When the going gets tough, take time to remind yourself of God's call. Draw strength from it. Commit your situation to prayer. Be confident that the One who called you will give you everything you need.
6. BUILD A PERSONAL SUPPORT NETWORK.
Do you have a group of folks who support you regularly in prayer? Friends, colleagues, leaders and parents who believe in you and who can mentor, encourage, challenge and provide wise counsel. There will be times when their support will be important both on a personal and strategic level.
7. LIVE IN THE REAL WORLD.
It's all too easy to get so caught up in 'church stuff' that we lose our perspective and connection with what's happening around us. Find ways to stay connected with people outside the Christian faith and discover more about the world they live in. Consider taking up a hobby that brings you in contact with people outside your immediate circle. Read books that have nothing to do with youth ministry and can't be used as illustrations in your next talk!
8. INVEST YOUR TIME WISELY.
Is your purpose clear? What has God called you to do, where you are now? What are you trying to achieve in youth ministry? Only when we know where we're going can we set priorities and invest our time wisely.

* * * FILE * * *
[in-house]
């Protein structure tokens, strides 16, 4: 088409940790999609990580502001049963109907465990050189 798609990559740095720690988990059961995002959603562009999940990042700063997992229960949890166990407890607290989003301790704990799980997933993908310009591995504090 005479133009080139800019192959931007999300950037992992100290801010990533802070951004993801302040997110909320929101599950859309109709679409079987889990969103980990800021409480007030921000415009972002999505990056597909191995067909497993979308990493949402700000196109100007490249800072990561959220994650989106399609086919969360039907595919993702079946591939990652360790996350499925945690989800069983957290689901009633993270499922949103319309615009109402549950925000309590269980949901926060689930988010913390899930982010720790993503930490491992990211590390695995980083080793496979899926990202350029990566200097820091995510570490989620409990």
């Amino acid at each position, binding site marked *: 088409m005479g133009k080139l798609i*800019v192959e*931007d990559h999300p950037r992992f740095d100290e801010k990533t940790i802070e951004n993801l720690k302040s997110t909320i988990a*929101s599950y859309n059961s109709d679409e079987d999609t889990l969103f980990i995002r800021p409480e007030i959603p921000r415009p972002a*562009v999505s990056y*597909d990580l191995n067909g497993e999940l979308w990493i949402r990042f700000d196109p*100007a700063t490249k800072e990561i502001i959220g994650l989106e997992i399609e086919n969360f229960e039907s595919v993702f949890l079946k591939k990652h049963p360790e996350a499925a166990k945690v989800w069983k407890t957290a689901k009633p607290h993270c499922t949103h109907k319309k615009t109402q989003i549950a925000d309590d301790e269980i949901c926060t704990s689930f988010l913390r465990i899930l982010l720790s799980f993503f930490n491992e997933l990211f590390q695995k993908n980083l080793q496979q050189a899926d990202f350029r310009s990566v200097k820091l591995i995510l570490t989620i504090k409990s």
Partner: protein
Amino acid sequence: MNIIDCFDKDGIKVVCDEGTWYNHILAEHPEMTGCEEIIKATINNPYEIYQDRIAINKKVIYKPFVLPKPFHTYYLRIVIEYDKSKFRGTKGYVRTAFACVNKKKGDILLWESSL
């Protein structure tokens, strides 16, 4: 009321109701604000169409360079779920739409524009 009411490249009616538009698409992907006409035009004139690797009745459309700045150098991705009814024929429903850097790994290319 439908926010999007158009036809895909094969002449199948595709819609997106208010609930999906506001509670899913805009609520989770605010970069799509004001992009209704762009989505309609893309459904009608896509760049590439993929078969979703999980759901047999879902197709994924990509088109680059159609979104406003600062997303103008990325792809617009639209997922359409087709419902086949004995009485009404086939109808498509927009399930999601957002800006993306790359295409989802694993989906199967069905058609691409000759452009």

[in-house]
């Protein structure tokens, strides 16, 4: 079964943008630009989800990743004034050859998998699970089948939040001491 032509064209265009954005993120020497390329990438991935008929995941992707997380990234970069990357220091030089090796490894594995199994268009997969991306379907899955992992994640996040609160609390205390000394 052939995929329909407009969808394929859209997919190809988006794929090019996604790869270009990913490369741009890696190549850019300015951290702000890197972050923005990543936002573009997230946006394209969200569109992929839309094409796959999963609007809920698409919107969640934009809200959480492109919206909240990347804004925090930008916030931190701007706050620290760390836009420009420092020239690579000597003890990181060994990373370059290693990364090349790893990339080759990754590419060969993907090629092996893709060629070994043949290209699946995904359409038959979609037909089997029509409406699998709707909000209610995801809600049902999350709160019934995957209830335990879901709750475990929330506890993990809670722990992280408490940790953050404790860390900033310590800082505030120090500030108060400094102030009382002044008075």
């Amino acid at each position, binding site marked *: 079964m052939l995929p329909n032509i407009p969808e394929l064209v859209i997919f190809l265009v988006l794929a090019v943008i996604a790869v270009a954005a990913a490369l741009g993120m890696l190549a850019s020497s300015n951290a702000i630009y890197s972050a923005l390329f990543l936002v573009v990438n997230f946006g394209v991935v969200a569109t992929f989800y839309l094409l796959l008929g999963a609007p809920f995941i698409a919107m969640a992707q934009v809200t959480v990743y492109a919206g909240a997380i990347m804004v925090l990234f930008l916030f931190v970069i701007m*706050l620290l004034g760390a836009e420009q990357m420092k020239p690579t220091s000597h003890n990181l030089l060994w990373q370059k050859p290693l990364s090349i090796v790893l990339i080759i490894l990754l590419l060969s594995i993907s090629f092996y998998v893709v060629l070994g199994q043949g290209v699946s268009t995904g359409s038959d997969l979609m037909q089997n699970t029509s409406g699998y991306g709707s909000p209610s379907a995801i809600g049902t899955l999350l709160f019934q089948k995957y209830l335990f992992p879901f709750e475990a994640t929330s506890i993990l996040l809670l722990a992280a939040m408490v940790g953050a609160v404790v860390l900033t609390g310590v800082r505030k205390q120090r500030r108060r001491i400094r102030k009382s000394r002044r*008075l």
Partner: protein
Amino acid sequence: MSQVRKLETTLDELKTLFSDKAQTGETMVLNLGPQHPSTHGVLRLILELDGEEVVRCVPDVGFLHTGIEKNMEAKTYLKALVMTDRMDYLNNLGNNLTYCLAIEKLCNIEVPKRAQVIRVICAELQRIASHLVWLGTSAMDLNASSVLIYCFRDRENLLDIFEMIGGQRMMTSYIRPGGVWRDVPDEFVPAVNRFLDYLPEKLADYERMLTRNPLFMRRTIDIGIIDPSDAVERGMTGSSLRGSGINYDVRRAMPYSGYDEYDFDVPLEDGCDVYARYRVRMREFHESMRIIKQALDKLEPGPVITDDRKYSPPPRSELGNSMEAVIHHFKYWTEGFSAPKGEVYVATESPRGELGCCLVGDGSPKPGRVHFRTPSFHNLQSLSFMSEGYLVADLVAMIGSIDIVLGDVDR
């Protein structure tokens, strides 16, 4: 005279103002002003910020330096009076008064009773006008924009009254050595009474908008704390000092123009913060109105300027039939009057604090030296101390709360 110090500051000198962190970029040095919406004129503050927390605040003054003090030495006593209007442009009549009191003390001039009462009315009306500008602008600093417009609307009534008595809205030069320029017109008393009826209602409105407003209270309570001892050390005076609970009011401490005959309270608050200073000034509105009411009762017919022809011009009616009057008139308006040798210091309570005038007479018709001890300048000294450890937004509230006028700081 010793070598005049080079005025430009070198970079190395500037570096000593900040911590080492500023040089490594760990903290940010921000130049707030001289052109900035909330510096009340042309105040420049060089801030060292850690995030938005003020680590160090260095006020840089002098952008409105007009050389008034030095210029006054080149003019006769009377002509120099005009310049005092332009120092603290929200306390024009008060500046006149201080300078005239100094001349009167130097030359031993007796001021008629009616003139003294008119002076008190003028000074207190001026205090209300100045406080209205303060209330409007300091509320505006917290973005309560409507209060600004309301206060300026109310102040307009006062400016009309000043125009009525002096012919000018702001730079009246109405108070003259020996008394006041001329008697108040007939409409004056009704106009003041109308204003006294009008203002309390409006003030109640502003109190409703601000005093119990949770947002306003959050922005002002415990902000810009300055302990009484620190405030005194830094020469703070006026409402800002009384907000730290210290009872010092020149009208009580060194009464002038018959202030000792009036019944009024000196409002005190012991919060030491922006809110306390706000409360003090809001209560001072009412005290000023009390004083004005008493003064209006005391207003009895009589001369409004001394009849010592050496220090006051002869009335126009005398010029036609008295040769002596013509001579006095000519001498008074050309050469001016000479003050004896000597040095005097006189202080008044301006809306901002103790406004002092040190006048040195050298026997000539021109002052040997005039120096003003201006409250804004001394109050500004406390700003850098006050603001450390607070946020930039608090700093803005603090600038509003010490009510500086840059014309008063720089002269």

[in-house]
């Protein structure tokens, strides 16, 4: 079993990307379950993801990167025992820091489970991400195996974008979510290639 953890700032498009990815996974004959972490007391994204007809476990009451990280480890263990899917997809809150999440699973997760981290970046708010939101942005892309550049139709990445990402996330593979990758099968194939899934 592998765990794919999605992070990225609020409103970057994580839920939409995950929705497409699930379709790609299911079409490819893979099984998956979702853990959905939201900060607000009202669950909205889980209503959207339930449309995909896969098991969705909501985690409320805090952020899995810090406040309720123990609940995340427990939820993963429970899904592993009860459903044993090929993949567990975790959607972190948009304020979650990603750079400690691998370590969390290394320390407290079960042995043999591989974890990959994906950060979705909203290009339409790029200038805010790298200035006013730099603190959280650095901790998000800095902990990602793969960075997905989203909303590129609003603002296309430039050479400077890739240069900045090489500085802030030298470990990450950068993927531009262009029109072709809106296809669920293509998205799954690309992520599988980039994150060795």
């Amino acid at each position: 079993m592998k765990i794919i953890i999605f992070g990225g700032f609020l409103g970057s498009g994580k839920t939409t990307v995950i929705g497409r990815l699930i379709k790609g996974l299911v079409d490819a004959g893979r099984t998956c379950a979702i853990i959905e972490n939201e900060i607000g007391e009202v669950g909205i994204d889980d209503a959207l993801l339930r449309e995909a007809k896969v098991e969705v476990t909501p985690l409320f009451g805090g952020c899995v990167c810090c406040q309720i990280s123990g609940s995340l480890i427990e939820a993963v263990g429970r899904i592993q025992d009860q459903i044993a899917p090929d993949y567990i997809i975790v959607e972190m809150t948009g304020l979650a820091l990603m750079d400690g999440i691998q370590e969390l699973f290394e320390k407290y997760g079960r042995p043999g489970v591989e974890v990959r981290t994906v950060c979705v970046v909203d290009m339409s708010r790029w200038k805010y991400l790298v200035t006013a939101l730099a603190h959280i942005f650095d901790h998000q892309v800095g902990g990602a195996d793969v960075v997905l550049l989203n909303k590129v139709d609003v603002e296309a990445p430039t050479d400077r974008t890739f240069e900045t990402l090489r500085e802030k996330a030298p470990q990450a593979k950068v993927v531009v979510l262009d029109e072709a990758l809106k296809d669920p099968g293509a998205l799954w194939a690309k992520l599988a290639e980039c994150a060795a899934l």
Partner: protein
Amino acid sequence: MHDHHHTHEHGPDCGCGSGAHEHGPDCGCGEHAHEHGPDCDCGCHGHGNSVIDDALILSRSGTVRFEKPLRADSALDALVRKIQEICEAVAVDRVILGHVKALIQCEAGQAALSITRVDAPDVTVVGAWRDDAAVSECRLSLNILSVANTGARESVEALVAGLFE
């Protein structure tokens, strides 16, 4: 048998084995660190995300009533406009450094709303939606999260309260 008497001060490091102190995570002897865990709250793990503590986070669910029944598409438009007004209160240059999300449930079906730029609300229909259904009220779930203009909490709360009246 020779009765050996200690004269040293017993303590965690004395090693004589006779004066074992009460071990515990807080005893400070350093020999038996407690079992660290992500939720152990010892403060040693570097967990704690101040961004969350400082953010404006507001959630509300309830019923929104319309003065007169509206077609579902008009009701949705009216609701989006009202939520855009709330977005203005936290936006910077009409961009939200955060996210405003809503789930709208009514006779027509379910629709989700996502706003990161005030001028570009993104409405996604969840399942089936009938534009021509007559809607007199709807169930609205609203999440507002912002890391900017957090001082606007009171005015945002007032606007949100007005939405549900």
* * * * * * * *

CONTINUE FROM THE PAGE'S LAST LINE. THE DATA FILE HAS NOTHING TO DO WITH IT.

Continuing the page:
9. DON'T REINVENT THE WHEEL.
We all know the pressure of trying coming up with new stuff, but don't try to reinvent the wheel. Network with colleagues and other youth workers in your town or city. Share ideas. Use the good ones yourself! Read widely. Trawl the web for ideas. There are some great ideas and resources online, if you know where to look.
Keep a notebook or PDA nearby and jot your creative thoughts down, or you WILL forget them. File your ideas. Keep your talks and illustrations. When you read an article, mark the anecdotes, quotes and statistics you want to keep. Photocopy or scan them into your PC. You never know when you can use them again!
It took me a few years to get into this habit and so I've lost a lot of good stuff forever. I've forgotten the number of times I've said, ‘I wish I still had....’ Now I use an online scrapbook to copy and paste stuff, make notes and jot down random thoughts. I find it a lot easier to develop new stuff with this kind of resource at my fingertips. Discover new skills and tools to help you develop your own material.
10. INVEST IN PEOPLE.
Invest time and energy on building and training a team of committed volunteers who can work with you in youth ministry. On your own it's unlikely you'll be able to reach every young person in your town or city, but with a team of enthusiastic partners, you can multiply your influence and impact. Enrich your youth work and young people with the wealth of life experiences, diversity of character, skills, age and wisdom of team ministry.
As I reflect on this list, I acknowledge my own life and leadership is still a work in progress. May God give me a teachable heart and spirit to become the leader he wants me to be.
Is there anything you would add to staying healthy as a youth leader? Something overlooked or ignored? I'd value your insight, thoughts and comments.